Sir Harry Llewellyn, who was also on the victorious team, has always been convinced that Nizefela cleared the water. "It was not considered 'British' to complain and so no objection was lodged," Llewellyn wrote in his autobiography. "I think to this day that Wilf White is the unluckiest man I have ever known not to have won an individual gold medal."
Though he possessed a determined streak, White was not a man to push himself forward. He had surprised everybody when taking a nap between the two rounds of the Olympic contest, in which he had the best British score. He was equally easy-going and unassuming after the medal ceremony when Llewellyn (already famous for his exploits with Foxhunter) became the inadvertent focus of media attention.
White, the son of a farmer, was born in Cheshire in 1904. He began show- jumping at the age of 17 and forged a successful partnership with a grey horse called Desire, before he bought the then four-year-old Nizefela in 1946. The young horse was the result of an unplanned union between a two-year-old Shire colt and the small thoroughbred mare whose field he had jumped into.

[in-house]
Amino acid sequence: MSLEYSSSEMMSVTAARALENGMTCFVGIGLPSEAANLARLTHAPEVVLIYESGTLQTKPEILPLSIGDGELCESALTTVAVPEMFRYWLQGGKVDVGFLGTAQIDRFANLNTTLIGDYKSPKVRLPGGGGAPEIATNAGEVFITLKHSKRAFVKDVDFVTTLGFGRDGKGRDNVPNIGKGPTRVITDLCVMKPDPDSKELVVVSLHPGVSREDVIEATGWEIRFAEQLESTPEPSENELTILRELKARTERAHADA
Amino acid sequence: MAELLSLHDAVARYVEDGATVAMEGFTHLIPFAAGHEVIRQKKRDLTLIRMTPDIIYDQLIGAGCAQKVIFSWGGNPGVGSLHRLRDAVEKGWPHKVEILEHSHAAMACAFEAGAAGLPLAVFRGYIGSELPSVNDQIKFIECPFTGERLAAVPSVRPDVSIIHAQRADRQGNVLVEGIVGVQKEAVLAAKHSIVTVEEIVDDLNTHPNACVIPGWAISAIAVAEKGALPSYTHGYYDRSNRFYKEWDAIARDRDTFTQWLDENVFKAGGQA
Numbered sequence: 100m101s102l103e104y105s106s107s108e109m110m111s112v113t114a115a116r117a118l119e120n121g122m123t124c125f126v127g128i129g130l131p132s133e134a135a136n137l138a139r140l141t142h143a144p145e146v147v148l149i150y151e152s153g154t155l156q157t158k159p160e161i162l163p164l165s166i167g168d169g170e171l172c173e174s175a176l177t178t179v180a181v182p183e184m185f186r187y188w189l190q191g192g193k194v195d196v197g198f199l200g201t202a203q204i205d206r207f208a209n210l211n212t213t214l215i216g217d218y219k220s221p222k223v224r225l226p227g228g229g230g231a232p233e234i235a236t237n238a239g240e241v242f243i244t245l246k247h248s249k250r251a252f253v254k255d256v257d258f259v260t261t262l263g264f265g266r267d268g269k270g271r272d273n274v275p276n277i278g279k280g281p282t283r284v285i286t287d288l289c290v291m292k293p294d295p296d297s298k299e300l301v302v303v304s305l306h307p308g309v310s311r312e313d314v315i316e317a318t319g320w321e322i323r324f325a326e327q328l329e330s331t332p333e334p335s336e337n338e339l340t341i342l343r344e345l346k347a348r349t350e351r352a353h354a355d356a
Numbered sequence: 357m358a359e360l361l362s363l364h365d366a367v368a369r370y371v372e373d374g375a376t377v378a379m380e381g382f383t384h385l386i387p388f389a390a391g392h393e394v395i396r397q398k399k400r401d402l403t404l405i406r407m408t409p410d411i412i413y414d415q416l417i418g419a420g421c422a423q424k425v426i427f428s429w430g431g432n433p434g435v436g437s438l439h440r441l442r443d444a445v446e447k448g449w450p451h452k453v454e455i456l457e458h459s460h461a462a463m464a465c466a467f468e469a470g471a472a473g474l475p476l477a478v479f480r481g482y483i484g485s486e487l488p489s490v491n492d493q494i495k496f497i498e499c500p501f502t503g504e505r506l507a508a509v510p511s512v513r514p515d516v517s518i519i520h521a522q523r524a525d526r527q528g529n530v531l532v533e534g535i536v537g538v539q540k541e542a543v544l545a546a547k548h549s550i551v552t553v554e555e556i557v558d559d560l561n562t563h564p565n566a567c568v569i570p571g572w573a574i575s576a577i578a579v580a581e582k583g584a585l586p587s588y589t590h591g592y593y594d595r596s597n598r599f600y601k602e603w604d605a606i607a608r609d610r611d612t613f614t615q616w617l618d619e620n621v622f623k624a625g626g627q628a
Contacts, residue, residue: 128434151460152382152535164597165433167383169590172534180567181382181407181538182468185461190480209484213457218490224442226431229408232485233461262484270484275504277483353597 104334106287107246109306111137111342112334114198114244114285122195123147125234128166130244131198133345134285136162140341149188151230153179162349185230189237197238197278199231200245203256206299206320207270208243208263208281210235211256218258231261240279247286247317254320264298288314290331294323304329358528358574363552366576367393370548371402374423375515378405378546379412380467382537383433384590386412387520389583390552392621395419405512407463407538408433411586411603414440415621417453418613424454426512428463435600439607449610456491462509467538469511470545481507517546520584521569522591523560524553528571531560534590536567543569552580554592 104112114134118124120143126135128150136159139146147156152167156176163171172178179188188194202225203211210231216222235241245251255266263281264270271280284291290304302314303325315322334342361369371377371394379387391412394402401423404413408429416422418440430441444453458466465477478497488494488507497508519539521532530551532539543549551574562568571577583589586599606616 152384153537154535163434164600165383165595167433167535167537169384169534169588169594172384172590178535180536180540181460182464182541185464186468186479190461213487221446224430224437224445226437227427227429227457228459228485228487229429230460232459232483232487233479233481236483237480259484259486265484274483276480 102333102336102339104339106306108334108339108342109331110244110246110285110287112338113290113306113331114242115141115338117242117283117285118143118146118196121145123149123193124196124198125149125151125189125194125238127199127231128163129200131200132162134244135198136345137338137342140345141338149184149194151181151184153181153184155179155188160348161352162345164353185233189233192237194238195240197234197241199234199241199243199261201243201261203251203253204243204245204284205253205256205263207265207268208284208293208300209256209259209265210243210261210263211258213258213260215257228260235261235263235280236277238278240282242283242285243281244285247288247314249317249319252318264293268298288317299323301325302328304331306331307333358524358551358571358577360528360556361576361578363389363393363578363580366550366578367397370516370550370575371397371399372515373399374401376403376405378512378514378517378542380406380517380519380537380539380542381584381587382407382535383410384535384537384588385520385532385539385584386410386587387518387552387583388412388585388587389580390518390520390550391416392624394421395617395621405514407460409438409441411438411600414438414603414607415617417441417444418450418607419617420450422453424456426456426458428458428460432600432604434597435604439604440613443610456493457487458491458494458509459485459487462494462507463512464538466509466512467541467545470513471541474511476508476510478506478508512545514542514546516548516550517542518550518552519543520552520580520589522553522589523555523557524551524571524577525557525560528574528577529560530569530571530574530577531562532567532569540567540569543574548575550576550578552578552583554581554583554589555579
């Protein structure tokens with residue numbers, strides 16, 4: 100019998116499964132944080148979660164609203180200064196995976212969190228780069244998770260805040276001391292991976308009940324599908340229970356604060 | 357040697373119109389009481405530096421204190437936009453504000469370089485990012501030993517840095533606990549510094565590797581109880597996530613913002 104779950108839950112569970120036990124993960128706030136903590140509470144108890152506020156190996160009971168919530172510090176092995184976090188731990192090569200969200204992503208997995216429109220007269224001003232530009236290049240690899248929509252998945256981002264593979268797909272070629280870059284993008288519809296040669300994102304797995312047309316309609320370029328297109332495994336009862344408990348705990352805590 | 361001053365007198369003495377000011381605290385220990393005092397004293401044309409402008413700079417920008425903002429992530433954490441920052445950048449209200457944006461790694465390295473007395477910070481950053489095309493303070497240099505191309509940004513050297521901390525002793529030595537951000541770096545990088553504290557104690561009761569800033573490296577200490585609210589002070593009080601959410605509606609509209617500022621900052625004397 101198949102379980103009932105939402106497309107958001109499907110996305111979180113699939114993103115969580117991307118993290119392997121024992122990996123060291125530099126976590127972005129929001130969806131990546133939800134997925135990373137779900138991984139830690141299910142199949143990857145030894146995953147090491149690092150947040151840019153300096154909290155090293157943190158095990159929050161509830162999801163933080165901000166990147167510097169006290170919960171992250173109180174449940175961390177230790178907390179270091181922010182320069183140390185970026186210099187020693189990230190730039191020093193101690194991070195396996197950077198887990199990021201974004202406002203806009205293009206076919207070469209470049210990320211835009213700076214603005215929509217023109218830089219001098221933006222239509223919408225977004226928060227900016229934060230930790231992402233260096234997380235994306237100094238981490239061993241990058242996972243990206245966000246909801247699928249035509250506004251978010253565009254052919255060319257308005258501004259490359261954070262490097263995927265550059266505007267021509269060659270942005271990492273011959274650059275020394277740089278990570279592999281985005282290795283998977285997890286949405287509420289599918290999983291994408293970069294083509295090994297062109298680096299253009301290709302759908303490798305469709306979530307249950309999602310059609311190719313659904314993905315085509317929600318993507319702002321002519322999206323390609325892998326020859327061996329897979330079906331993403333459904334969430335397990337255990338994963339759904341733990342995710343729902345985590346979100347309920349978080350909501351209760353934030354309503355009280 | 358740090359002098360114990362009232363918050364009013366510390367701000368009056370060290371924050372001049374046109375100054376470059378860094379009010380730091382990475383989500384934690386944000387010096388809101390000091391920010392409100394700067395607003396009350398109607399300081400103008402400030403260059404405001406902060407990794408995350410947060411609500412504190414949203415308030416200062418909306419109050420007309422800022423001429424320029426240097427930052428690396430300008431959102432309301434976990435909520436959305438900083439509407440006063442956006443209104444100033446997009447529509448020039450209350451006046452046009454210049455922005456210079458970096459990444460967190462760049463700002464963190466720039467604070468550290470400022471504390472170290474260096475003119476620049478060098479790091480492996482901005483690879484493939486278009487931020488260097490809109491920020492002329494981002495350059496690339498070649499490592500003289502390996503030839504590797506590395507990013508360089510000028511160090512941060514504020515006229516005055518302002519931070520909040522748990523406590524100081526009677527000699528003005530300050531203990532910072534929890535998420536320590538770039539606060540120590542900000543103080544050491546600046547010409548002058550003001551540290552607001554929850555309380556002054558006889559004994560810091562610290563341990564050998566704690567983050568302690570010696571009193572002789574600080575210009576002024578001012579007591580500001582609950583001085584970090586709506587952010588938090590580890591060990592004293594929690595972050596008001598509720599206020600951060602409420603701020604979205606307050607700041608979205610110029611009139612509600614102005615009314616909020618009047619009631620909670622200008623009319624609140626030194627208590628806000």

Nizefela became as famous for his kick-back as for his ability to clear big fences. He habitually lashed back with his hindlegs while in mid-air but White, who was a wonderful natural horseman, always kept in balance with his mount.
The late Col Sir Mike Ansell, who was responsible for the post-war success of British show jumping, called White "the full-back" of his Nations Cup teams. He contributed to eight British team victories at White City between 1949 and 1957 - on all but the first occasion with Nizefela, who was also his mount when winning a team bronze medal (again with the best British score) in the 1956 Olympics. In 1958, White was appointed OBE for his services to show-jumping.
White was a long-serving member of the British Show Jumping Association's executive committee and he was a steward at the Royal Show for 21 years. He had ridden over hurdles and was later successful as a permit-holding trainer of National Hunt horses, with successes in both hurdle races and steeplechases. He was still driving a wagon and caravan when he was 70; he jumped at Olympia at the same age.
White and his second wife, Mary Cowley, moved in 1980 to the Isle of Man. He suffered from Alzheimer's disease for the last five years of his life.
Wilfrid Harry White, farmer, show-jumper and horse trainer: born Cheshire 30 March 1904; OBE 1958; twice married; died Isle of Man 21 November 1995.